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Opinion: You Can Call Me Al

Published by The New York Sun on 2006-06-08

Mark Malloch Brown of Britain may have launched Al Gore's next presidential campaign. After all, what are friends for? The jeremiad against America that the deputy secretary general of the United Nations issued in New York was directed at the Bush administration's supposed neglect of the 191-member world organization. But Mr. Malloch Brown's language and idiom were culled from Mr. Gore's playbook.

For listeners of a certain generation, the rhetoric seemed similar to that of Mr. Gore, then a senator, during the 1992 campaign that took him to the vice presidency under President Clinton. The Tennessean excoriated President George H.W. Bush for not doing enough about human rights abuses. Mr. Bush was also pilloried for failing to act with alacrity on global warming, then - as now - a phenomenon whose causes are debated spiritedly among scientists.

Mr. Gore also rued America's alleged neglect of the U.N. during the four years leading to the 1992 Earth Summit in Rio de Janeiro, when world leaders urged a global development blueprint that called for $125 billion for environmental protection and economic security. His words were eerily echoed in Mr. Malloch Brown's speech Wednesday.

Mr. Malloch Brown's rapid rise in the multilateral system - which includes the United Nations and the World Bank, among other institutions - flows out of the Rio summit. The Rio gathering created a cohort that, in effect, subsequently hijacked multilateral organizations and pushed them sharply leftward.


Mr. Gore, along with Mr. Malloch Brown and the Canadian businessman Maurice Strong, who was the secretary-general of the Earth Summit, pushed for the placement of favored colleagues in organizations such as the United Nations Environment Program, Unicef, and the United National Development Program.

The prize job went to Mr. Malloch Brown. After Mr. Gore and Mr. Strong succeeded in getting the coveted presidency of the World Bank for the investment banker and former Strong protege James Wolfensohn, Mr. Malloch Brown's profile was dramatically raised in Washington as Mr. Wolfensohn's spokesman.

It was a good fit for him. Earlier, Mr. Malloch Brown had been a registered lobbyist with Sawyer Miller Incorporated in Washington. The firm was particularly close to Democrats, including Mr. Gore. Mr. Malloch Brown not only cultivated other members of Congress, he also took a road show to various emerging countries to assist leftist candidates in local elections.

One of his triumphs was in the Philippines, where he played a role in the election of Corazon Aquino to the presidency. After that, Mr. Malloch Brown became a widely wooed figure as invitations to manage other big campaigns kept flooding in. He also became a wealthy man.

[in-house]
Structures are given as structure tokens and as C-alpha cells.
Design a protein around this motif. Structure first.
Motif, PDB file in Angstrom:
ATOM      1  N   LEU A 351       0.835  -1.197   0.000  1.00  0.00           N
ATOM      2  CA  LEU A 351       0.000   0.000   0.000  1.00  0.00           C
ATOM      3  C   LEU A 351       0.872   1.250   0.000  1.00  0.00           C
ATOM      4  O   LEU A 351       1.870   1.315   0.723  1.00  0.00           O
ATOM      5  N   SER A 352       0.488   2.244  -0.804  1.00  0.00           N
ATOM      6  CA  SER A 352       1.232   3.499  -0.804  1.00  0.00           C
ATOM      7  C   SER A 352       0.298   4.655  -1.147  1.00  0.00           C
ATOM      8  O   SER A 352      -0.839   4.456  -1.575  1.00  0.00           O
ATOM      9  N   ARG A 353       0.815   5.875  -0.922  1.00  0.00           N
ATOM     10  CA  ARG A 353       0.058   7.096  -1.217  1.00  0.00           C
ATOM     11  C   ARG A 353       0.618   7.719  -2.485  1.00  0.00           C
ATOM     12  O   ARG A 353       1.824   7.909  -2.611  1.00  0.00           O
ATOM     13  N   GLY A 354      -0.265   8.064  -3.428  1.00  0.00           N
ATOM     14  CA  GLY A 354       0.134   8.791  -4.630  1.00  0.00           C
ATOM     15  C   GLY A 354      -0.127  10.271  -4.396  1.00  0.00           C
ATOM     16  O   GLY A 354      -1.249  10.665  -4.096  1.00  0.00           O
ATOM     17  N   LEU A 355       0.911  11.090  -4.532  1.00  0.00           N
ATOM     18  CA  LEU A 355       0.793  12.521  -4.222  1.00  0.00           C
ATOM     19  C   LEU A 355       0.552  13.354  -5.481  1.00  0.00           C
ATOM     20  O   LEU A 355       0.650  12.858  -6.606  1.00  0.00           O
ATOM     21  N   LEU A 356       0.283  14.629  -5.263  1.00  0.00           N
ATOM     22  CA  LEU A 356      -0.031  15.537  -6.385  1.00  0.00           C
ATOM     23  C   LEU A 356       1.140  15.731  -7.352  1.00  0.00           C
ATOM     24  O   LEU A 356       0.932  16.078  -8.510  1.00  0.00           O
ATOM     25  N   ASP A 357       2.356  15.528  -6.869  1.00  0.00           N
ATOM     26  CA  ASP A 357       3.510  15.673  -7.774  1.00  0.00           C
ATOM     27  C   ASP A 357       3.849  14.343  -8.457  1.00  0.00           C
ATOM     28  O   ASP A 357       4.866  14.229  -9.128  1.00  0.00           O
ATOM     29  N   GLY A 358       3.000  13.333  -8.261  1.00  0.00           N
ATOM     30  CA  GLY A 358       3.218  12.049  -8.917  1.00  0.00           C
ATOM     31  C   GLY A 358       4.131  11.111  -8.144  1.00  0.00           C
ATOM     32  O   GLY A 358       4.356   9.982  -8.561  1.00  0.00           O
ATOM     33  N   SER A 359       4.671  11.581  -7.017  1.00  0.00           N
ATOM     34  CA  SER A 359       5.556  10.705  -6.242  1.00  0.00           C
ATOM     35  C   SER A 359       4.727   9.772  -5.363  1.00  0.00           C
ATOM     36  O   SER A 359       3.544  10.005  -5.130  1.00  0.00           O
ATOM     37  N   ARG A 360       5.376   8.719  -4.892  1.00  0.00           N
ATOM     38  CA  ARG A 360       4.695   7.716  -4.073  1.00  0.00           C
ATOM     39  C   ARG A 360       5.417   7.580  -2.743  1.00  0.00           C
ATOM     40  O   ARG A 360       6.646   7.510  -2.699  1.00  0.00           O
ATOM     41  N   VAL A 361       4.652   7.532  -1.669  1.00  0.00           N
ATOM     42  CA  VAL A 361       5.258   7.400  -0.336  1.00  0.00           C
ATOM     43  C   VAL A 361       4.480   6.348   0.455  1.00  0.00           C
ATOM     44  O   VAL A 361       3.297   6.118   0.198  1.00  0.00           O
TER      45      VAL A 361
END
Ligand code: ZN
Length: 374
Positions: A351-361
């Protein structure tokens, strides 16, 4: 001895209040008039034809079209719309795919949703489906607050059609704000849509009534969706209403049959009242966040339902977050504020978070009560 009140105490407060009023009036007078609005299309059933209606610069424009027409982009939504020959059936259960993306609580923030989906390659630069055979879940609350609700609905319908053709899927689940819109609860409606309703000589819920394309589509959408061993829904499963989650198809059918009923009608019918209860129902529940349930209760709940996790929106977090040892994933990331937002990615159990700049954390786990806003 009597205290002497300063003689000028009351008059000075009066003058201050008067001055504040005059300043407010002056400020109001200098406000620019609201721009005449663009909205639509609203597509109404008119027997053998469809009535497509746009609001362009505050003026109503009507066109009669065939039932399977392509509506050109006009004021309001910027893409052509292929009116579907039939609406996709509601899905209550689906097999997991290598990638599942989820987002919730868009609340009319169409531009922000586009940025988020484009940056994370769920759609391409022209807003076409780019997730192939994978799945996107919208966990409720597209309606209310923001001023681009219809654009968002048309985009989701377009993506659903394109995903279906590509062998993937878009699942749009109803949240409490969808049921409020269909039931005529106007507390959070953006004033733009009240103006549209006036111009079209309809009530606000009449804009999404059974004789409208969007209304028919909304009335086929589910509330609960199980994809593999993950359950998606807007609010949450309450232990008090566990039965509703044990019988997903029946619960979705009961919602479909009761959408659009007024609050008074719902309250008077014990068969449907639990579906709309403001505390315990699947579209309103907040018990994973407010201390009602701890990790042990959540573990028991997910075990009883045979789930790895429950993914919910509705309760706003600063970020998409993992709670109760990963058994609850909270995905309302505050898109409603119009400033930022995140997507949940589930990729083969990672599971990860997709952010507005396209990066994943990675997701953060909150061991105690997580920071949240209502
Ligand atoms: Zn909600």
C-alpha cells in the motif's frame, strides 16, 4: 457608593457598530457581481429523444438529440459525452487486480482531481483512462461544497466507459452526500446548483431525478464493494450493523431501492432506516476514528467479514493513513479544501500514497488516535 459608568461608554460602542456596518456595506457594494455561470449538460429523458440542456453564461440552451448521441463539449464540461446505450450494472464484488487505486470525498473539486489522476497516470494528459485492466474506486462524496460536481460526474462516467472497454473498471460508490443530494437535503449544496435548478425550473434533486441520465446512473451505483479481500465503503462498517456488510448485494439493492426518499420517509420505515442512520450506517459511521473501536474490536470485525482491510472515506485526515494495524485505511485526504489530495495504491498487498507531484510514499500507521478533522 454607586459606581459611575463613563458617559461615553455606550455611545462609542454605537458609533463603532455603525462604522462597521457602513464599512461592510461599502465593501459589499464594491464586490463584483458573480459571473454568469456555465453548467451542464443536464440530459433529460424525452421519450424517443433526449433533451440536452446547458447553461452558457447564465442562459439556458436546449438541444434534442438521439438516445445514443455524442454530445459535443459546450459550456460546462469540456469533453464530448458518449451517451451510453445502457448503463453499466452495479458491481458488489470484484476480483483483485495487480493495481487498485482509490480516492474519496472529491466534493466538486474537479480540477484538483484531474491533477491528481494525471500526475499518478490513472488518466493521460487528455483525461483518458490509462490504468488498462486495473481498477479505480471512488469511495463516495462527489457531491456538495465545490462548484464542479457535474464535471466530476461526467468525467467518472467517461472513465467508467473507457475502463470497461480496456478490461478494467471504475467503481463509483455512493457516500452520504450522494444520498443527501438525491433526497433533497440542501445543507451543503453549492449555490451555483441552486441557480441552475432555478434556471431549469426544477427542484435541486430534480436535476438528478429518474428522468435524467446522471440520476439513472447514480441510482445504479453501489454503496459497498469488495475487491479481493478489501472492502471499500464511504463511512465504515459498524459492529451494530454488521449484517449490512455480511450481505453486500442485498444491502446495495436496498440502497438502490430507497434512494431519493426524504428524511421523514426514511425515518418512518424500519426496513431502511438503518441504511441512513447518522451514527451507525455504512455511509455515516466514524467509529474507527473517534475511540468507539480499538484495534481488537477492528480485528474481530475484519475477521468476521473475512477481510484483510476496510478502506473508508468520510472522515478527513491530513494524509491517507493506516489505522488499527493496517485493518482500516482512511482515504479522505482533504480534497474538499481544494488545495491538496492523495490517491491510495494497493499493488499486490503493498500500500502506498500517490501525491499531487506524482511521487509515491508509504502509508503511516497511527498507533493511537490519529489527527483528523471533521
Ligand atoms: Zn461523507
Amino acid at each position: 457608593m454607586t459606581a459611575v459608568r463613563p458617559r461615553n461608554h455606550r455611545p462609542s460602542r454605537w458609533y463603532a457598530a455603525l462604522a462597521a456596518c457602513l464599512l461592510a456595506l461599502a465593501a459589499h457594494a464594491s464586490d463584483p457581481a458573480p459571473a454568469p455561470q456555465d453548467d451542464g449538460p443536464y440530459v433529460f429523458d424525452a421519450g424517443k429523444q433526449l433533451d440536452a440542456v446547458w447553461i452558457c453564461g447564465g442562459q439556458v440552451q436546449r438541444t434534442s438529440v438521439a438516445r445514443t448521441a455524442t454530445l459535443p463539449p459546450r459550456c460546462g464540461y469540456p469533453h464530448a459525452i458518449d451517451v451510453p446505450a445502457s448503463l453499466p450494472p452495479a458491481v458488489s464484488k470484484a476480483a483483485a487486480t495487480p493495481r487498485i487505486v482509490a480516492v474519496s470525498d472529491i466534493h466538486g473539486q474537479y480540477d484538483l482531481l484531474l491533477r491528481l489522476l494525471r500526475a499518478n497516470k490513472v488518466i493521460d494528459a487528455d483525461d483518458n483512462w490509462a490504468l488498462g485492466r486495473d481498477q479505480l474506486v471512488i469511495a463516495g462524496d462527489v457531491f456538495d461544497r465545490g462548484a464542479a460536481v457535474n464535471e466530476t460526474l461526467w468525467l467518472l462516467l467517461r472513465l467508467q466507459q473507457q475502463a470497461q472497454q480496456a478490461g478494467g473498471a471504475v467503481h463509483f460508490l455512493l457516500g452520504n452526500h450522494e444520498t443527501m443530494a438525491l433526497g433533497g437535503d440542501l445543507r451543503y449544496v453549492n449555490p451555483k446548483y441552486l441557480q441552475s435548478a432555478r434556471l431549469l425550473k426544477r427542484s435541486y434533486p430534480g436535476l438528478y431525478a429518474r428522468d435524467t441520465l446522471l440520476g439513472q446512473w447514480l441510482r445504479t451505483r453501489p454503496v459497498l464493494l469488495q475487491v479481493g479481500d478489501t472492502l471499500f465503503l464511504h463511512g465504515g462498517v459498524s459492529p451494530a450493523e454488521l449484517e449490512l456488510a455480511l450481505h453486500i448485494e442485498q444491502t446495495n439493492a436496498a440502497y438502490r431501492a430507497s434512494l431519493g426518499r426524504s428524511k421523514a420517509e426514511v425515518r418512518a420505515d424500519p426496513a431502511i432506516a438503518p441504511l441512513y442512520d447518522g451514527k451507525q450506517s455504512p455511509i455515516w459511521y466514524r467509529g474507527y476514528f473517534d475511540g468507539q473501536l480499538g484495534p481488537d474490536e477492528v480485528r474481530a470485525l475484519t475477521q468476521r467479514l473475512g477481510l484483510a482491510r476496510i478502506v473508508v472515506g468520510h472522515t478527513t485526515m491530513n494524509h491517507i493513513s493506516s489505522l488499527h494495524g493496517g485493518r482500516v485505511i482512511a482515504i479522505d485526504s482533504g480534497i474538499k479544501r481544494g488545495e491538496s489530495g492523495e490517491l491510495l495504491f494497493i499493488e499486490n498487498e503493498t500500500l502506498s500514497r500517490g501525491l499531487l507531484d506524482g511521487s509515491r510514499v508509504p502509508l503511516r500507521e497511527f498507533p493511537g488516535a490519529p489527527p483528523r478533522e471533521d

Mr. Malloch Brown has enormous talents. I have known him for more than two decades; the UNDP once gave grants to a newspaper I ran. He's a fine and fluent writer and speaker. He's quick on his feet. He's politically canny.

He also knows whom to cultivate.

Thus, Messrs. Gore and Strong and Wolfensohn were added to his armory. So was the Prince Sadruddin, uncle of the Aga Khan, the leader of the Ismaili Muslims.

And once he'd gained entry at the U.N. as its development tsar, it was only a matter of time before Mr. Malloch Brown would weave his charm around the Secretary-General Annan. The SG became so enamored of the Briton that he made him his chef de cabinet. Not long after that, he promoted him to the number deputy secretary-general.

He persuaded Mr. Annan to name as his successor at the UNDP Alicia Barcena, an environmentalist from Mexico. She worked under Maurice Strong at the Earth Summit and subsequently ran a nongovernmental organization that he formed to create an "Earth Charter," the Costa Rica based Earth Council.

None of these interlocking relationships breaks any law. They do illustrate how firmly a cabal of left-leaning do-gooders has long been in control of organizations in the U.N. system, where lucrative jobs and sinecures are to be dispensed. Was it any coincidence that, soon after he became vice president, among the first people Mr. Gore invited to lunch with him at the Executive Office Building were Mr. Strong and Ms. Barcena?

The more understanding among us might tolerate this mutual back scratching system. But the system is becoming increasingly anti-American.

Its opposition to Mr. Bush is implacable. Both Messrs. Malloch Brown and Annan appear to have thrown the idea of neutrality completely to the wind, appearing to have made a strategic decision in the face of the fact that the multilateral organizations derive significant funding from America.

Mr. Malloch Brown has been known to harbor ambitions to succeed Mr. Annan as secretary-general; he would certainly need America's backing for that, support that now seems remote. But then again, who knows? What if Mr. Gore becomes president? Will he replace Paul Wolfowitz, the current World Bank president, with the Briton? Mr. Malloch Brown is too shrewd a person not to be thinking well ahead.

Pranay Gupte,
Senior Writer and Global-Affairs Columnist


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